Analysis of energy use and carbon emissions from automobile manufacturing
Author(s)Raykar, Sumant (Sumant Shreechandra)
Massachusetts Institute of Technology. Department of Mechanical Engineering.
Timothy G. Gutowski.
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In this thesis, we study the energy use and emissions arising from automobile manufacturing. The automobile manufacturing sector is the 11th largest industrial sector globally in terms of energy use and emissions. The IPCC has set targets for reduction in emissions so that the average concentration of carbon dioxide in the atmosphere does not exceed dangerous levels. The materials production sectors have achieved significant reduction in energy use in the last few decades. Progress in the production and assembly of components has been harder to prove. Base load energy use continues to be a high fraction of energy use at manufacturing facilities. We study the energy use and emissions reported by automobile companies in voluntary disclosures to the Carbon Disclosure Project (CDP), and in their sustainability reports. A model of a typical global vehicle assembly plant is created by using data published in literature. We find a good fit of this data with the CDP data. A certain fraction of parts manufacturing is included inhouse. Then, a simple thermodynamic model of the factory is developed. This shows that air exchange causes a significant heating and cooling load at factories. Internal heat gains contribute to the cooling load. We then test various emissions reduction scenarios to see their effectiveness in reducing energy use or emissions. We find that most of the reduction in emissions intensity in the last few years is likely due to the economies of scale effect, in spite of significant emission reduction efforts by some companies. We predict a trend towards higher manufacturing energy consumption due to use of low weight, high energy intensity materials in order to reduce use phase emissions. At some point, manufacturing emissions might become as significant as use phase emissions. Even if emissions intensity of manufacturing can be decreased, increased demand means that absolute emissions will continue to grow. Right now, it does not appear that this sector is on a pathway towards meeting climate change goals.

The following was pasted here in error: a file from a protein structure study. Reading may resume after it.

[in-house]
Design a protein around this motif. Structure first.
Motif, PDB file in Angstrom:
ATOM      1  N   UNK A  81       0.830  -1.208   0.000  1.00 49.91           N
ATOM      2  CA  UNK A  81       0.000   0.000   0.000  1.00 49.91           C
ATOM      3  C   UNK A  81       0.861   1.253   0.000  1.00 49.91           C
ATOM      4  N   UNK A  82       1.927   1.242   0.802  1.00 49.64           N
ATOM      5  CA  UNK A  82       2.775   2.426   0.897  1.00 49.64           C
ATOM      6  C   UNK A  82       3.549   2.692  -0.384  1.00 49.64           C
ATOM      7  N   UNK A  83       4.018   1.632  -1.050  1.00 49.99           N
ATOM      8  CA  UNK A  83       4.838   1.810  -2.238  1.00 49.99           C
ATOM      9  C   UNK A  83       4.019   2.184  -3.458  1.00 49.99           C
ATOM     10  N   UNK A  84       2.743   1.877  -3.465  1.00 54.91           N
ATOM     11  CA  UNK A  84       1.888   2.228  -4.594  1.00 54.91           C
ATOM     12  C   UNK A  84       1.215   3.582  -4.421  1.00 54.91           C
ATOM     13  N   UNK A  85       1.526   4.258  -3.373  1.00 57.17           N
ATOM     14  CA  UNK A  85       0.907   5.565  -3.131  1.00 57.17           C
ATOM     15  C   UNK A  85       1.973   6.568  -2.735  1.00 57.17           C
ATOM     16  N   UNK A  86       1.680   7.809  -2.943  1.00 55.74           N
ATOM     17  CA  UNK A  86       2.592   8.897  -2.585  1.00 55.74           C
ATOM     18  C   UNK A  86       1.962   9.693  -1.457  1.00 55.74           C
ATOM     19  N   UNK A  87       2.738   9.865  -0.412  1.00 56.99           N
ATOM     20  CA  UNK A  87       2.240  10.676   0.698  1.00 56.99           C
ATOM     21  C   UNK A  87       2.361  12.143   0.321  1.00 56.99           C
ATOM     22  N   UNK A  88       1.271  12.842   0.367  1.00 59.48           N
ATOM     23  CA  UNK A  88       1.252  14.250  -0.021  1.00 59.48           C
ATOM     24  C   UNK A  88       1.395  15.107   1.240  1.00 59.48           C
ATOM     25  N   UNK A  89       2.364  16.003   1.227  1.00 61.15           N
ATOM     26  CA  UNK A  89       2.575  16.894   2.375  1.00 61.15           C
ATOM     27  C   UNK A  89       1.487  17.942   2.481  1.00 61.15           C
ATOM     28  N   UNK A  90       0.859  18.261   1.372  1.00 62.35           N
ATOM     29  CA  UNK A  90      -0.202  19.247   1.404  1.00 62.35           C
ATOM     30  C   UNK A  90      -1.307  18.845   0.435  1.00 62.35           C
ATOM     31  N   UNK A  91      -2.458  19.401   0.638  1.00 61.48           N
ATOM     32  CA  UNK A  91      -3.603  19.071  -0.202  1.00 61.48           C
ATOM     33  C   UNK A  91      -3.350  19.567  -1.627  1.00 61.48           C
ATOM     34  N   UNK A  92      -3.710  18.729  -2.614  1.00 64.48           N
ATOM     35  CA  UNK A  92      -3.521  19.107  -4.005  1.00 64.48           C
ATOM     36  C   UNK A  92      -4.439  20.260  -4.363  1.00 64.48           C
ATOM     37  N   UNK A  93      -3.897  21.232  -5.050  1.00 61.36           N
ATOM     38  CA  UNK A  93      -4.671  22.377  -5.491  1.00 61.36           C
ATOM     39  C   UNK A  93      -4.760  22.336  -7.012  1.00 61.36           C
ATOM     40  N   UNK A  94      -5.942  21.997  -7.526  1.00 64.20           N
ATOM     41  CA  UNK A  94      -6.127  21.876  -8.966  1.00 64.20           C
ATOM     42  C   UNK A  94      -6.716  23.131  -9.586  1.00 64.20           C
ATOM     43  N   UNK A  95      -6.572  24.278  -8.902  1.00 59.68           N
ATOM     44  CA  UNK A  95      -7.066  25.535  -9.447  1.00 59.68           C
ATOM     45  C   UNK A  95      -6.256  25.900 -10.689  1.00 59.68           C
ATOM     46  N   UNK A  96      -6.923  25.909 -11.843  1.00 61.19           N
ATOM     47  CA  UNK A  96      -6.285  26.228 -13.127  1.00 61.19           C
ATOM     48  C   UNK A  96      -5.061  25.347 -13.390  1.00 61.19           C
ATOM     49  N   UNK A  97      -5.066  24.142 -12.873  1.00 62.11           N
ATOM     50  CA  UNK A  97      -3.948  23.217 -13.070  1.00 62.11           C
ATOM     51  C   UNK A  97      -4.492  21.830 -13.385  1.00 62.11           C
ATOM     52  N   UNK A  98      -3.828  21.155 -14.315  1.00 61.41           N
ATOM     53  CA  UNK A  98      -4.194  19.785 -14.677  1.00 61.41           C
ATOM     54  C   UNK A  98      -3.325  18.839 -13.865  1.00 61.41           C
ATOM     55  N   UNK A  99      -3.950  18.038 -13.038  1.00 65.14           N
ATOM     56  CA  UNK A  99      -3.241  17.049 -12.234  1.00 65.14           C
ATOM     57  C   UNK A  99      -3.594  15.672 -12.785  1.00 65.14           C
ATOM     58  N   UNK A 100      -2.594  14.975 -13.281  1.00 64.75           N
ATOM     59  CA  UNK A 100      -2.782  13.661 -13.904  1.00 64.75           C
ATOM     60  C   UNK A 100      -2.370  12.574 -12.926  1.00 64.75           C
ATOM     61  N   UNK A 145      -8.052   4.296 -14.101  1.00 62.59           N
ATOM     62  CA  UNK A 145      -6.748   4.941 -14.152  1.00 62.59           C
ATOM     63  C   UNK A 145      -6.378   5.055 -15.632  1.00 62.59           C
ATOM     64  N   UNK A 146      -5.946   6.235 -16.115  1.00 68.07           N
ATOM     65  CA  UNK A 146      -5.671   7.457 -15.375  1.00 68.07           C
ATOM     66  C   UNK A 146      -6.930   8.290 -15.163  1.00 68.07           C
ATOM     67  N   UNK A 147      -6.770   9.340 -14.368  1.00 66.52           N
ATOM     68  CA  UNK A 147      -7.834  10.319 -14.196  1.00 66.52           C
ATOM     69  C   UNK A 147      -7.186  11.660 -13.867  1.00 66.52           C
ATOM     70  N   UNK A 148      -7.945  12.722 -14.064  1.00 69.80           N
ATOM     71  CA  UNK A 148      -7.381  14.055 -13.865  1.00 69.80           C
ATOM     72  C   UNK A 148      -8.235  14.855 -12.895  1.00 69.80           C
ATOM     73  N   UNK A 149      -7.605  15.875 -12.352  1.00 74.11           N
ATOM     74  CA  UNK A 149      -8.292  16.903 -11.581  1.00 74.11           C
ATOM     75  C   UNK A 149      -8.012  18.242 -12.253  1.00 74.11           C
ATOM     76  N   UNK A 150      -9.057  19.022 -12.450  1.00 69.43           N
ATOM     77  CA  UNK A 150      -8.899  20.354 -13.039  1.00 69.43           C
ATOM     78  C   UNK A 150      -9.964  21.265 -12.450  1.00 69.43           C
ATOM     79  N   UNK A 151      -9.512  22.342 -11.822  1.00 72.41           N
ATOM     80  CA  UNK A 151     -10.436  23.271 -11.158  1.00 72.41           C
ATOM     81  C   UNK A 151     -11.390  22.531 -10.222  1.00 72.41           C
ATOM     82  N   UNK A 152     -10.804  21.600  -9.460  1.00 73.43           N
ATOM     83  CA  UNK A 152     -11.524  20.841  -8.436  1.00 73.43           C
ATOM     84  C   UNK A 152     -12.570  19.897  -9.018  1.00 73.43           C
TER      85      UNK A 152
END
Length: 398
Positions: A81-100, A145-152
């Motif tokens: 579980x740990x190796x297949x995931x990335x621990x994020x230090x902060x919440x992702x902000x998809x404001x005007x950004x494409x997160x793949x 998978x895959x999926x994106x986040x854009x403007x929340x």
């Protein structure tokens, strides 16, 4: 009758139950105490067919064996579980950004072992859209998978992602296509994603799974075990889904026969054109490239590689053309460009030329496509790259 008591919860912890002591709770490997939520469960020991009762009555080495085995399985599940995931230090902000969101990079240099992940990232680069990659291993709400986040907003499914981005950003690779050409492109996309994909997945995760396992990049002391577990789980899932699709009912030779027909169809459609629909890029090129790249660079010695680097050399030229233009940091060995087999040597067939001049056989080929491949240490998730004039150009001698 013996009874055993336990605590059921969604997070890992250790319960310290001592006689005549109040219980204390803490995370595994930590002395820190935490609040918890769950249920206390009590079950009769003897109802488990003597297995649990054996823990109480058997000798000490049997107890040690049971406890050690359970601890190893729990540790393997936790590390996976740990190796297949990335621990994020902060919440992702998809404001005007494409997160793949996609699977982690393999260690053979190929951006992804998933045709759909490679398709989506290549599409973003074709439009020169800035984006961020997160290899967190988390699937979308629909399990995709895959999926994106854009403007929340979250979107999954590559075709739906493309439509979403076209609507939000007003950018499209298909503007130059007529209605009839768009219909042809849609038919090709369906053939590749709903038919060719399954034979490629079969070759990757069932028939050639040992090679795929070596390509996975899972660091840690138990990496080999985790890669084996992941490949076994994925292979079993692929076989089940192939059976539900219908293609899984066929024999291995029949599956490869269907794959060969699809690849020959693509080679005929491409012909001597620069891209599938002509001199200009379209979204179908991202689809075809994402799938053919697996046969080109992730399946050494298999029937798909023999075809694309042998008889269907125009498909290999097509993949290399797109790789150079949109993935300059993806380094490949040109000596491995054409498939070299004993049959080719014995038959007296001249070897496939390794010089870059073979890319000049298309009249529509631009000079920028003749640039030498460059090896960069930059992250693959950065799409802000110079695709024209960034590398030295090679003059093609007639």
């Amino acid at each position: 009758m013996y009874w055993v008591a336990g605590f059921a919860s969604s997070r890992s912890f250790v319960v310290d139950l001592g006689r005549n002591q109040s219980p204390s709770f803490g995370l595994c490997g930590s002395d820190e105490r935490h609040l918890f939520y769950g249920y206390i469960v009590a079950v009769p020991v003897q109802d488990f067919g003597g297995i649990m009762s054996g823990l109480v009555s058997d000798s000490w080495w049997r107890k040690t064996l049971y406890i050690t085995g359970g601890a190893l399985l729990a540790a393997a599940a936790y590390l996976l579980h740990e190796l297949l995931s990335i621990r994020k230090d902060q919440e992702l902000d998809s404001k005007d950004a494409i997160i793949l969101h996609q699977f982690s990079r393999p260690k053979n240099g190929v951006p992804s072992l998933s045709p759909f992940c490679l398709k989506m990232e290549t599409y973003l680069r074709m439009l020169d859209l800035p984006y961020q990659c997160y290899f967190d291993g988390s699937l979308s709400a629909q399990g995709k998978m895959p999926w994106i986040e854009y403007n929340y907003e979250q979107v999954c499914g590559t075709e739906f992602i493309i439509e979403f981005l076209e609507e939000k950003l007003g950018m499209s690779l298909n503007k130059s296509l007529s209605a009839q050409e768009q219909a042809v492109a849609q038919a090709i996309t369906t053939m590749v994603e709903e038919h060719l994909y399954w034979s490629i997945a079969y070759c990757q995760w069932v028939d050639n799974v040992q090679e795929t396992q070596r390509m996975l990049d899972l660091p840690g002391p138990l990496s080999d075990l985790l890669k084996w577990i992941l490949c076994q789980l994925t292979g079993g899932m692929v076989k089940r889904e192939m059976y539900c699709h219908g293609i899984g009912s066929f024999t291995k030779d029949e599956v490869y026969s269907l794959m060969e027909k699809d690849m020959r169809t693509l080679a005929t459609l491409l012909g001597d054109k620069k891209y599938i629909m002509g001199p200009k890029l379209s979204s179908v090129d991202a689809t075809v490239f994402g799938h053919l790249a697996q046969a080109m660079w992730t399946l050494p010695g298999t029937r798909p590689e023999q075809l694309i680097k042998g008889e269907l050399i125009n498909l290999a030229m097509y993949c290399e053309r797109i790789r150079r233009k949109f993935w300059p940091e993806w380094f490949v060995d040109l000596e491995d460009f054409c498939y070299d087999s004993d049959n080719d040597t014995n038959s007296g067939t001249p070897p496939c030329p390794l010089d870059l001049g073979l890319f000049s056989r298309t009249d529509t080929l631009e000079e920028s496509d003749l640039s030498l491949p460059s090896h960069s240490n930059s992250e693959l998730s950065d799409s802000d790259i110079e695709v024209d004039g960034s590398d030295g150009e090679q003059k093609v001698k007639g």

Thesis: S.M., Massachusetts Institute of Technology, Department of Mechanical Engineering, 2015."June 2015." Page 184 blank. Cataloged from PDF version of thesis.Includes bibliographical references (pages -173).
DepartmentMassachusetts Institute of Technology. Department of Mechanical Engineering
Massachusetts Institute of Technology